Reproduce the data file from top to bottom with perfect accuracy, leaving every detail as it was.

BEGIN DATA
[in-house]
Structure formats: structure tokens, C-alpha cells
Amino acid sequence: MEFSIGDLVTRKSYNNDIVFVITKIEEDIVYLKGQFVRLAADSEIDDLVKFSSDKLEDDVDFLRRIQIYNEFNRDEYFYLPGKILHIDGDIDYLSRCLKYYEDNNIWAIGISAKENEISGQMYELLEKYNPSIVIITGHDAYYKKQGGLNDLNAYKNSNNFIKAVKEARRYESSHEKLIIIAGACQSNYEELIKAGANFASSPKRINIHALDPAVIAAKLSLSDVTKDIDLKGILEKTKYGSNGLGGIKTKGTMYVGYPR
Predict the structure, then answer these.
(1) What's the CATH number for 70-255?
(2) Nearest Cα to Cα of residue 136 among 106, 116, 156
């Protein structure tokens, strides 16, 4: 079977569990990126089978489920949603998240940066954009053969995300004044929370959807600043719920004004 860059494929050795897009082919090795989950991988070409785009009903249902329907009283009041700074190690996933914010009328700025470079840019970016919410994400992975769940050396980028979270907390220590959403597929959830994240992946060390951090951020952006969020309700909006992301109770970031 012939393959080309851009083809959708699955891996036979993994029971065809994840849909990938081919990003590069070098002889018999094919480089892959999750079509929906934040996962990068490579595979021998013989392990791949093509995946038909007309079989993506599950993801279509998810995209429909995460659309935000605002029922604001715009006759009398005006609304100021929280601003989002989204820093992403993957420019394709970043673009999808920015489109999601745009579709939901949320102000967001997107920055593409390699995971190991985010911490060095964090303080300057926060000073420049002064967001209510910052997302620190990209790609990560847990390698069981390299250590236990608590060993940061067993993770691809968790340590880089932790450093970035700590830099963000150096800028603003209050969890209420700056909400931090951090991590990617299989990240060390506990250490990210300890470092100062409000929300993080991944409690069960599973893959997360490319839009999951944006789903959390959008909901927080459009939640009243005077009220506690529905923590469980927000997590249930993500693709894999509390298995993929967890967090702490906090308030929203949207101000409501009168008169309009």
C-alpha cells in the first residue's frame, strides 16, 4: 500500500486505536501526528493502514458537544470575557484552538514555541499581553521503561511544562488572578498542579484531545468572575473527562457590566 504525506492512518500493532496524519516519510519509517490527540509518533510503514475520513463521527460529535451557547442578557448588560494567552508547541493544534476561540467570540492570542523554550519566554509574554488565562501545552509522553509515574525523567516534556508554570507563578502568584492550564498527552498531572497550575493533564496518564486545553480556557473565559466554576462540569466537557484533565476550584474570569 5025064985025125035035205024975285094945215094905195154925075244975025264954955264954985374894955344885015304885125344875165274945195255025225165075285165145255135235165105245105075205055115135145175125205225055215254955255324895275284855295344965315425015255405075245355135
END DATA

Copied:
[in-house]
Structure formats: structure tokens, C-alpha cells
Amino acid sequence: MEFSIGDLVTRKSYNNDIVFVITKIEEDIVYLKGQFVRLAADSEIDDLVKFSSDKLEDDVDFLRRIQIYNEFNRDEYFYLPGKILHIDGDIDYLSRCLKYYEDNNIWAIGISAKENEISGQMYELLEKYNPSIVIITGHDAYYKKQGGLNDLNAYKNSNNFIKAVKEARRYESSHEKLIIIAGACQSNYEELIKAGANFASSPKRINIHALDPAVIAAKLSLSDVTKDIDLKGILEKTKYGSNGLGGIKTKGTMYVGYPR
Predict the structure, then answer these.
(1) What's the CATH number for 70-255?
(2) Nearest Cα to Cα of residue 136 among 106, 116, 156
């Protein structure tokens, strides 16, 4: 079977569990990126089978489920949603998240940066954009053969995300004044929370959807600043719920004004 860059494929050795897009082919090795989950991988070409785009009903249902329907009283009041700074190690996933914010009328700025470079840019970016919410994400992975769940050396980028979270907390220590959403597929959830994240992946060390951090951020952006969020309700909006992301109770970031 012939393959080309851009083809959708699955891996036979993994029971065809994840849909990938081919990003590069070098002889018999094919480089892959999750079509929906934040996962990068490579595979021998013989392990791949093509995946038909007309079989993506599950993801279509998810995209429909995460659309935000605002029922604001715009006759009398005006609304100021929280601003989002989204820093992403993957420019394709970043673009999808920015489109999601745009579709939901949320102000967001997107920055593409390699995971190991985010911490060095964090303080300057926060000073420049002064967001209510910052997302620190990209790609990560847990390698069981390299250590236990608590060993940061067993993770691809968790340590880089932790450093970035700590830099963000150096800028603003209050969890209420700056909400931090951090991590990617299989990240060390506990250490990210300890470092100062409000929300993080991944409690069960599973893959997360490319839009999951944006789903959390959008909901927080459009939640009243005077009220506690529905923590469980927000997590249930993500693709894999509390298995993929967890967090702490906090308030929203949207101000409501009168008169309009």
C-alpha cells in the first residue's frame, strides 16, 4: 500500500486505536501526528493502514458537544470575557484552538514555541499581553521503561511544562488572578498542579484531545468572575473527562457590566 504525506492512518500493532496524519516519510519509517490527540509518533510503514475520513463521527460529535451557547442578557448588560494567552508547541493544534476561540467570540492570542523554550519566554509574554488565562501545552509522553509515574525523567516534556508554570507563578502568584492550564498527552498531572497550575493533564496518564486545553480556557473565559466554576462540569466537557484533565476550584474570569 5025064985025125035035205024975285094945215094905195154925075244975025264954955264954985374894955344885015304885125344875165274945195255025225165075285165145255135235165105245105075205055115135145175125205225055215254955255324895275284855295344965315425015255405075245355135